S. Chakarov et al., Science 363, eaau0964 (2019). DOI: 10.1126/science.aau0964
Macrophages are a heterogeneous cell population involved in tissue homeostasis, inflammation, and various pathologies. Although the major tissue-resident macrophage populations have been extensively studied, interstitial macrophages (IMs) residing within the tissue parenchyma remain poorly defined. Here we studied IMs from murine lung, fat, heart, and dermis. We identified two independent IM subpopulations that are conserved across tissues: Lyve1loMHCIIhiCX3CR1hi (Lyve1loMHCIIhi) and Lyve1hiMHCIIloCX3CR1lo (Lyve1hiMHCIIlo) monocyte-derived IMs, with distinct gene expression profiles, phenotypes, functions, and localizations. Using a new mouse model of inducible macrophage depletion (Slco2b1flox/DTR), we found that the absence of Lyve1hiMHCIIlo IMs exacerbated experimental lung fibrosis. Thus, we demonstrate that two independent populations of IMs coexist across tissues and exhibit conserved niche-dependent functional programming.
The CyTOF, bioinformatics, and immunogenomics platforms are part of the SIgN Immunomonitoring platform (supported by a BMRC IAF 311006 grant and BMRC transition funds #H16/99/b0/011). This work was supported by EMBO YIP, Singapore Immunology Network core funding, Agency for Science, Technology and Research (A*STAR), and Singapore NRF Senior Investigatorship (NRFI2017-02) to F.G.; AXA Research Fund (F.G. and B.Mali.); and NMRC (CBRGnov094) and NRF grants to V.A. A.S. is funded by an Emmy Noether fellowship (SCHL 2116/1-1) of the German Research Foundation and a Young Investigator Award of the Biomedical Research Council Singapore.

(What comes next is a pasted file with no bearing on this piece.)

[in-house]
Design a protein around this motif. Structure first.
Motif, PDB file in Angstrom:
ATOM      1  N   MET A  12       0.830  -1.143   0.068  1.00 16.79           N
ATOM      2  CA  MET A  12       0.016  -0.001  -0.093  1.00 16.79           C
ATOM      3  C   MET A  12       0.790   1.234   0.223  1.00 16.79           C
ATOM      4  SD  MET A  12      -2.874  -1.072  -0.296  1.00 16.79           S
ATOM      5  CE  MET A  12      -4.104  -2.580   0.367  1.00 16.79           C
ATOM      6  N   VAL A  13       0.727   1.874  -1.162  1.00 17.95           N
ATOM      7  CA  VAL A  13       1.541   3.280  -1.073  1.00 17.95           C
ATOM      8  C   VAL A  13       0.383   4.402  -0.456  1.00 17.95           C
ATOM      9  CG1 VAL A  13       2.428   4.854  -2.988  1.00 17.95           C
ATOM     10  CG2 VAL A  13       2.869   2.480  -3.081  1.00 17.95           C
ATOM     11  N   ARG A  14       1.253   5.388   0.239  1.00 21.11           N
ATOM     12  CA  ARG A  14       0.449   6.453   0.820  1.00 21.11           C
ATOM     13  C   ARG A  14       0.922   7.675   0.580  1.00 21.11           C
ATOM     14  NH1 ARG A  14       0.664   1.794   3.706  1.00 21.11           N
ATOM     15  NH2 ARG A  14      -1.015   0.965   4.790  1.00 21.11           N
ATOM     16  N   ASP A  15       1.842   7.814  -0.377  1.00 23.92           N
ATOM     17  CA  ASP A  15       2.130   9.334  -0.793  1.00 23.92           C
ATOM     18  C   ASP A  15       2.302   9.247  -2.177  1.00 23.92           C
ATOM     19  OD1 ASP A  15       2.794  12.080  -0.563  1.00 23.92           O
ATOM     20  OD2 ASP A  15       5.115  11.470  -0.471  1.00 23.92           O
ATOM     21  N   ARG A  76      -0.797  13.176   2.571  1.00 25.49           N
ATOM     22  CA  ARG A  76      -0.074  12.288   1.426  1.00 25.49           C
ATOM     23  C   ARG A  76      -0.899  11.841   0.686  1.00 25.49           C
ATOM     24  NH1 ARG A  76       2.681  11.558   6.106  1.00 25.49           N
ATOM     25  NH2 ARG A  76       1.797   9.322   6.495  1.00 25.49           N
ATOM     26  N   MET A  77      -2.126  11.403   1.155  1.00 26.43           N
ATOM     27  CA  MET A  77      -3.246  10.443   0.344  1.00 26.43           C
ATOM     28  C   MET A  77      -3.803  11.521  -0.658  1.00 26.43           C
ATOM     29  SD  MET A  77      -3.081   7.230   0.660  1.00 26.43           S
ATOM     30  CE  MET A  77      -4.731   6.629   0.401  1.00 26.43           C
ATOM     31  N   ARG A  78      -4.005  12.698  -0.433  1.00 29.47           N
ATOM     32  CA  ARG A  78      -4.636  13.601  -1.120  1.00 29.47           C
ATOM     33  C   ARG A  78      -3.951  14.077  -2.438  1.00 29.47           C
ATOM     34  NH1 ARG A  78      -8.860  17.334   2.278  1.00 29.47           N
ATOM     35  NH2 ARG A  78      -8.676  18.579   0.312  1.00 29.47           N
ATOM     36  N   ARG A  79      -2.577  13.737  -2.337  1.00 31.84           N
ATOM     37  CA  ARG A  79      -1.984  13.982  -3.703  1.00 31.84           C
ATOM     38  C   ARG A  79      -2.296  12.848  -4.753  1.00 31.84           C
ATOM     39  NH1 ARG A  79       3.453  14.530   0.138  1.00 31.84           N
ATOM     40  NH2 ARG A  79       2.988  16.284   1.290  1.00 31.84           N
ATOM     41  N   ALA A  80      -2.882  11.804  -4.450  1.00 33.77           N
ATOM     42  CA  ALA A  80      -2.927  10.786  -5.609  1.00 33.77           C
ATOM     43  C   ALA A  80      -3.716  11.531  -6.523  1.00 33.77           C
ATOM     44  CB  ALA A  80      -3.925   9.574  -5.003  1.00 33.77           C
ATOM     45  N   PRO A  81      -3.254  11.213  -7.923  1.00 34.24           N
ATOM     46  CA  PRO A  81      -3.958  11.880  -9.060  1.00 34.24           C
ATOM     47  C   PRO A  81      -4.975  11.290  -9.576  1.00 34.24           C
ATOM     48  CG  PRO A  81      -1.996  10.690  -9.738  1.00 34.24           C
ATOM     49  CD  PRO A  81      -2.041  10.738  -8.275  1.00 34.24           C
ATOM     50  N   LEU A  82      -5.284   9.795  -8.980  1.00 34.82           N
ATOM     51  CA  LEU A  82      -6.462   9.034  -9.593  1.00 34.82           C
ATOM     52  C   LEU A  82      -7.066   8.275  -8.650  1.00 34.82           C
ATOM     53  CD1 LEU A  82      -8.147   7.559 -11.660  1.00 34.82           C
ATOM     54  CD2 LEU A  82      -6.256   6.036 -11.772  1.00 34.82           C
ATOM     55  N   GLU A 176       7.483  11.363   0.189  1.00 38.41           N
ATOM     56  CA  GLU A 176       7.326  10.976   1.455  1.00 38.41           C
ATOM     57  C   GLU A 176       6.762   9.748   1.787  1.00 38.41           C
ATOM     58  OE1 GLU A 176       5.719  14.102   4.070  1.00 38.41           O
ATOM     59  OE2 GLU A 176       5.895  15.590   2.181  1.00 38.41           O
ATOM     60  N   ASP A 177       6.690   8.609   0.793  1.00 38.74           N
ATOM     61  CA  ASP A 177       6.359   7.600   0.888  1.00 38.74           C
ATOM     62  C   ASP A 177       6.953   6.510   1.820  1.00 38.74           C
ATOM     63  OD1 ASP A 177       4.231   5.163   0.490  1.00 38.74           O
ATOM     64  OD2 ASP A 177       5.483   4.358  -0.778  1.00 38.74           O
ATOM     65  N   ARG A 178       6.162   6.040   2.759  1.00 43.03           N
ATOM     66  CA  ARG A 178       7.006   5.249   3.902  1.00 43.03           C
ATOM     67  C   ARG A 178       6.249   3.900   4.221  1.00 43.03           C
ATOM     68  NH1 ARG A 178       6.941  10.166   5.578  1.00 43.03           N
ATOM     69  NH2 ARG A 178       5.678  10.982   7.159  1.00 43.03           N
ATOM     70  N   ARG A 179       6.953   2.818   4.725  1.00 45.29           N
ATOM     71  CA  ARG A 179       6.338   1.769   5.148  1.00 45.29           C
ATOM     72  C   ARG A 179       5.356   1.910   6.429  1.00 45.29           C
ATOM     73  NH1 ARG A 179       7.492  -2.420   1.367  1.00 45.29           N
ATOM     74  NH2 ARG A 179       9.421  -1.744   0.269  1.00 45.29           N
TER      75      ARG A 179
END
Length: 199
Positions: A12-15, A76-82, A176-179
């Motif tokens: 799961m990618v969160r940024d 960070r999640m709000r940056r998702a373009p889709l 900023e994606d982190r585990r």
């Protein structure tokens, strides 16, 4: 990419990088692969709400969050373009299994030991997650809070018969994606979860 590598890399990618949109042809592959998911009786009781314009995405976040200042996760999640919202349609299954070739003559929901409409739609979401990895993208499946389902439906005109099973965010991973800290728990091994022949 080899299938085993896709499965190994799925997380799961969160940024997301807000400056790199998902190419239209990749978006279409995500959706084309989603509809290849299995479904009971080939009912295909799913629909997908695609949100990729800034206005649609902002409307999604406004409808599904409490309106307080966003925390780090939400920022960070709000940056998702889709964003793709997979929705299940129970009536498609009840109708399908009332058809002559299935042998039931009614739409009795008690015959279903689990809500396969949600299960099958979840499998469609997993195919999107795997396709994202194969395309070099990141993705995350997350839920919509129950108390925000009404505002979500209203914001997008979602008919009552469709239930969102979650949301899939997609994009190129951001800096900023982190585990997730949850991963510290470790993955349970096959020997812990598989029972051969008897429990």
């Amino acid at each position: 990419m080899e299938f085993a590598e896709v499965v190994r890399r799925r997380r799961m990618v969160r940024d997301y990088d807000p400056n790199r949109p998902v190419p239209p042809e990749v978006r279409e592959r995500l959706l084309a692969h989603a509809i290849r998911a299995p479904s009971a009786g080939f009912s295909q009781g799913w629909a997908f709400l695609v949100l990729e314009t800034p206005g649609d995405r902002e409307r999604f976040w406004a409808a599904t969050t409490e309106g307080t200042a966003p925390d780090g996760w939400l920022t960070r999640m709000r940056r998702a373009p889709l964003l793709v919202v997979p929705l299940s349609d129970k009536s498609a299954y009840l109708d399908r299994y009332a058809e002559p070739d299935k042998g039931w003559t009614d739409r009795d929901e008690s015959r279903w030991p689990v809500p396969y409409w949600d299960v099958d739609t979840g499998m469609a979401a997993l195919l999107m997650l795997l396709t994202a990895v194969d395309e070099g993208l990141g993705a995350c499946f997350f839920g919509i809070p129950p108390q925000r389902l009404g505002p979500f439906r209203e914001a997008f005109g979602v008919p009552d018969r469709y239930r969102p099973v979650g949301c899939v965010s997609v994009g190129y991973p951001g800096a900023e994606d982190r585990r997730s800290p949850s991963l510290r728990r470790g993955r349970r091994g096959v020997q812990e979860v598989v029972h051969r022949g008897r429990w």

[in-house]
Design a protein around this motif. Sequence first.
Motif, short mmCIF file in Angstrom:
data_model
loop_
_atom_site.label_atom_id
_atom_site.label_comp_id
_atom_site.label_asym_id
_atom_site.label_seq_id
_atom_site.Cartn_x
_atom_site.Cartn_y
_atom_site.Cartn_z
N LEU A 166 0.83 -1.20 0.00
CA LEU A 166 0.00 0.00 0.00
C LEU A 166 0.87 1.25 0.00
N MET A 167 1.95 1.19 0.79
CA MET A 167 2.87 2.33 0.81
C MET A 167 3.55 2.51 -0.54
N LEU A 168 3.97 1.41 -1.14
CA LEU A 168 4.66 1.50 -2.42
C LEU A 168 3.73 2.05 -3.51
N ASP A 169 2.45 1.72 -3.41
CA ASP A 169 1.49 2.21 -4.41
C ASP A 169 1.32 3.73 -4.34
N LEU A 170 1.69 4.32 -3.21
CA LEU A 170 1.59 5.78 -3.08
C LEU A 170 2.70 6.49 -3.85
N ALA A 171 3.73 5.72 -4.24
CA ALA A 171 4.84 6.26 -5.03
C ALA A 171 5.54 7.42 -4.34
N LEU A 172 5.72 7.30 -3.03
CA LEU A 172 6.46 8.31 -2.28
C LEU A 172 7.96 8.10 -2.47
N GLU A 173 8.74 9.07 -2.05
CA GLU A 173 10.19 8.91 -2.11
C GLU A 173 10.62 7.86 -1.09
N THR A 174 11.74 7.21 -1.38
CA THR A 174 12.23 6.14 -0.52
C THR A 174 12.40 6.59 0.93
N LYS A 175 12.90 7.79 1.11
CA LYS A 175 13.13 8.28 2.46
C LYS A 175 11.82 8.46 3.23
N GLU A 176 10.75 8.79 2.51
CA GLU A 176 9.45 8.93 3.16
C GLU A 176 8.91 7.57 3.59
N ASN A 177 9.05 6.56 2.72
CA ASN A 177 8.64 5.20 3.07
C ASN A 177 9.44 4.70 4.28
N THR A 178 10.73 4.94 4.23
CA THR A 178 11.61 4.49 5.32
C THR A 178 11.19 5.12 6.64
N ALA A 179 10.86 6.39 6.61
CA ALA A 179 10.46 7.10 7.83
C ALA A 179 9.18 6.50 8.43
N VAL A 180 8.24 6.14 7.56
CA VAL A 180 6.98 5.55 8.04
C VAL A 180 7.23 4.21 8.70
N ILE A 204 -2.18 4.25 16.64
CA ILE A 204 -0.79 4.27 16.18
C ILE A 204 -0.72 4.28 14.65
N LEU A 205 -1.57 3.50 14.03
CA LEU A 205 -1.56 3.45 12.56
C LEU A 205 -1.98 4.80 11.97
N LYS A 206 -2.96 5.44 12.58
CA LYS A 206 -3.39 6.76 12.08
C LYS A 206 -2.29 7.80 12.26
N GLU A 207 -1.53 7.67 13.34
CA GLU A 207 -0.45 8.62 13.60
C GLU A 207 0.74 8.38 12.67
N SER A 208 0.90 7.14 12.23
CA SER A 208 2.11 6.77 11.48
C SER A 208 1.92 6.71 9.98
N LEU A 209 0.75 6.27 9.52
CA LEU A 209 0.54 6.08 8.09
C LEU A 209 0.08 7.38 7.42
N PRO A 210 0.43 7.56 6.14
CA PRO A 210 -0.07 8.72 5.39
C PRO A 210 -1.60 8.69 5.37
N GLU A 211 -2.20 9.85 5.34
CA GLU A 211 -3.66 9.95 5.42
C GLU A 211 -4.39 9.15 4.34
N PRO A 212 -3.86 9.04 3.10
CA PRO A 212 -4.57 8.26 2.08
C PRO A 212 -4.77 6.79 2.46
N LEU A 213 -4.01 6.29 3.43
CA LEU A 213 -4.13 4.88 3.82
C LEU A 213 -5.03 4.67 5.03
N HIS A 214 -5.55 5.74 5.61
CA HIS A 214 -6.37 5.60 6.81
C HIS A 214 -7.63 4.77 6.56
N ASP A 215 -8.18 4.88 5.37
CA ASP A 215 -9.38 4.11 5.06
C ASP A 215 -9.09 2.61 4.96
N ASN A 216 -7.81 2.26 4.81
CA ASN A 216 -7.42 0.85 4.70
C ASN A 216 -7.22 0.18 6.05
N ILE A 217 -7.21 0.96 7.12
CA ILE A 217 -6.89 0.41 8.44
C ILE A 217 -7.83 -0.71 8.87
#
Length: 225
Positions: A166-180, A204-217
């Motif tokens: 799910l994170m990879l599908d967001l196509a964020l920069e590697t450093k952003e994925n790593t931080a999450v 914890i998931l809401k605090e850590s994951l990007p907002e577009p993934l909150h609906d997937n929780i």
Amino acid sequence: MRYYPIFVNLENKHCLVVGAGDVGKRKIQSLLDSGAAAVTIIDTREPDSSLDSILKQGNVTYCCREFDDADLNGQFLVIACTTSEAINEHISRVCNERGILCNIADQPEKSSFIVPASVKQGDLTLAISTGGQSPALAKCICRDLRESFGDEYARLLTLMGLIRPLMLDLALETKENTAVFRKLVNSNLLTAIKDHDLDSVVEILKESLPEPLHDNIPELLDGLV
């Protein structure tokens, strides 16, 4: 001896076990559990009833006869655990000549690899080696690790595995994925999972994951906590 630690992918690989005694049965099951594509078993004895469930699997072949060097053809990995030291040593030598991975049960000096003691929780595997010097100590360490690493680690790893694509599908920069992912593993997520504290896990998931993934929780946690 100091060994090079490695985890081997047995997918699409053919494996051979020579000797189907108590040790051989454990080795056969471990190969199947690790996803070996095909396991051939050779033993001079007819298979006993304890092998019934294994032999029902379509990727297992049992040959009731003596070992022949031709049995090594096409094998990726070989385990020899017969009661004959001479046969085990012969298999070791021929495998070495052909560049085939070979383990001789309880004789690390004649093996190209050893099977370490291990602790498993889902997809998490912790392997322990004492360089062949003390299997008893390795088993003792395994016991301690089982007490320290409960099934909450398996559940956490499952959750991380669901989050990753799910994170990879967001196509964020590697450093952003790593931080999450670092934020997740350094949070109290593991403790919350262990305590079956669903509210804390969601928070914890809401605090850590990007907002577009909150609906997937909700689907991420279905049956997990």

The full paper can be downloaded from the publisher's URL: https://doi.org/10.1126/science.aau0964